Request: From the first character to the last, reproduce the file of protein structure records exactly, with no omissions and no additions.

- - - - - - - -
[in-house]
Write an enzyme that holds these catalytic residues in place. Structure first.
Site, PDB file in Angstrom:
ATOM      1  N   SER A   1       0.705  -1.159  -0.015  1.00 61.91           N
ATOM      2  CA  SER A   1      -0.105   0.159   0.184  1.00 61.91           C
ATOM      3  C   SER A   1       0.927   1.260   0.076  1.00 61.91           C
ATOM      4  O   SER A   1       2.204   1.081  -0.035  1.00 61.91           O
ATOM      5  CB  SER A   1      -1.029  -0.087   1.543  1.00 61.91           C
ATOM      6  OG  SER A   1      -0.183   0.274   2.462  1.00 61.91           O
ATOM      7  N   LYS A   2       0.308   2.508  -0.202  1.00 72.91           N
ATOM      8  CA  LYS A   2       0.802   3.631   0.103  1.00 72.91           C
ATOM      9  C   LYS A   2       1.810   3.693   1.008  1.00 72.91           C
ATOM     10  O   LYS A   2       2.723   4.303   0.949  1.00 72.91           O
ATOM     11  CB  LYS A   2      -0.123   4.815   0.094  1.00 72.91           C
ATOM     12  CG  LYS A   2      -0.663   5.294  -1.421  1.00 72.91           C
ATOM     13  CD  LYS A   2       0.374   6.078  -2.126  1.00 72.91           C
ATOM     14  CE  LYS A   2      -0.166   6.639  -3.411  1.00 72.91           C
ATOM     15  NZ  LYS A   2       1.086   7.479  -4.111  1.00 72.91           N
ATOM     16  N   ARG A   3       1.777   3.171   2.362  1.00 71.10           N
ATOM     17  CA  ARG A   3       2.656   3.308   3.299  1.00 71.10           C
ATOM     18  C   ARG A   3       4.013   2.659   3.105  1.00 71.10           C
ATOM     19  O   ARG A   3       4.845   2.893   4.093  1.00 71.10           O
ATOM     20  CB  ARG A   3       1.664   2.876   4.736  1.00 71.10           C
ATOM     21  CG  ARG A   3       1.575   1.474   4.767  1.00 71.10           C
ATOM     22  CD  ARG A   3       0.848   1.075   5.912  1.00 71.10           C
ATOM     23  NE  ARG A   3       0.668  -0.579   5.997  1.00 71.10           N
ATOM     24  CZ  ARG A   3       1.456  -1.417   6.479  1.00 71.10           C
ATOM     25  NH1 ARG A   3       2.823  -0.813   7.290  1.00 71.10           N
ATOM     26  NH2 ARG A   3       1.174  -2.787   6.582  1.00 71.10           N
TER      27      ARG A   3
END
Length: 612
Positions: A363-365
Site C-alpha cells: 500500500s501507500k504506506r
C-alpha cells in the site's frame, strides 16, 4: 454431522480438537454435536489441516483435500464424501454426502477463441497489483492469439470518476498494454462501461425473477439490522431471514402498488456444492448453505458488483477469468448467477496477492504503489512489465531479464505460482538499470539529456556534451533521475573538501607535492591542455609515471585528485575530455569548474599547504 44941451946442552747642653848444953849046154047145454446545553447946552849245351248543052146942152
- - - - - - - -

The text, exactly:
[in-house]
Write an enzyme that holds these catalytic residues in place. Structure first.
Site, PDB file in Angstrom:
ATOM      1  N   SER A   1       0.705  -1.159  -0.015  1.00 61.91           N
ATOM      2  CA  SER A   1      -0.105   0.159   0.184  1.00 61.91           C
ATOM      3  C   SER A   1       0.927   1.260   0.076  1.00 61.91           C
ATOM      4  O   SER A   1       2.204   1.081  -0.035  1.00 61.91           O
ATOM      5  CB  SER A   1      -1.029  -0.087   1.543  1.00 61.91           C
ATOM      6  OG  SER A   1      -0.183   0.274   2.462  1.00 61.91           O
ATOM      7  N   LYS A   2       0.308   2.508  -0.202  1.00 72.91           N
ATOM      8  CA  LYS A   2       0.802   3.631   0.103  1.00 72.91           C
ATOM      9  C   LYS A   2       1.810   3.693   1.008  1.00 72.91           C
ATOM     10  O   LYS A   2       2.723   4.303   0.949  1.00 72.91           O
ATOM     11  CB  LYS A   2      -0.123   4.815   0.094  1.00 72.91           C
ATOM     12  CG  LYS A   2      -0.663   5.294  -1.421  1.00 72.91           C
ATOM     13  CD  LYS A   2       0.374   6.078  -2.126  1.00 72.91           C
ATOM     14  CE  LYS A   2      -0.166   6.639  -3.411  1.00 72.91           C
ATOM     15  NZ  LYS A   2       1.086   7.479  -4.111  1.00 72.91           N
ATOM     16  N   ARG A   3       1.777   3.171   2.362  1.00 71.10           N
ATOM     17  CA  ARG A   3       2.656   3.308   3.299  1.00 71.10           C
ATOM     18  C   ARG A   3       4.013   2.659   3.105  1.00 71.10           C
ATOM     19  O   ARG A   3       4.845   2.893   4.093  1.00 71.10           O
ATOM     20  CB  ARG A   3       1.664   2.876   4.736  1.00 71.10           C
ATOM     21  CG  ARG A   3       1.575   1.474   4.767  1.00 71.10           C
ATOM     22  CD  ARG A   3       0.848   1.075   5.912  1.00 71.10           C
ATOM     23  NE  ARG A   3       0.668  -0.579   5.997  1.00 71.10           N
ATOM     24  CZ  ARG A   3       1.456  -1.417   6.479  1.00 71.10           C
ATOM     25  NH1 ARG A   3       2.823  -0.813   7.290  1.00 71.10           N
ATOM     26  NH2 ARG A   3       1.174  -2.787   6.582  1.00 71.10           N
TER      27      ARG A   3
END
Length: 612
Positions: A363-365
Site C-alpha cells: 500500500s501507500k504506506r
C-alpha cells in the site's frame, strides 16, 4: 454431522480438537454435536489441516483435500464424501454426502477463441497489483492469439470518476498494454462501461425473477439490522431471514402498488456444492448453505458488483477469468448467477496477492504503489512489465531479464505460482538499470539529456556534451533521475573538501607535492591542455609515471585528485575530455569548474599547504 44941451946442552747642653848444953849046154047145454446545553447946552849245351248543052146942152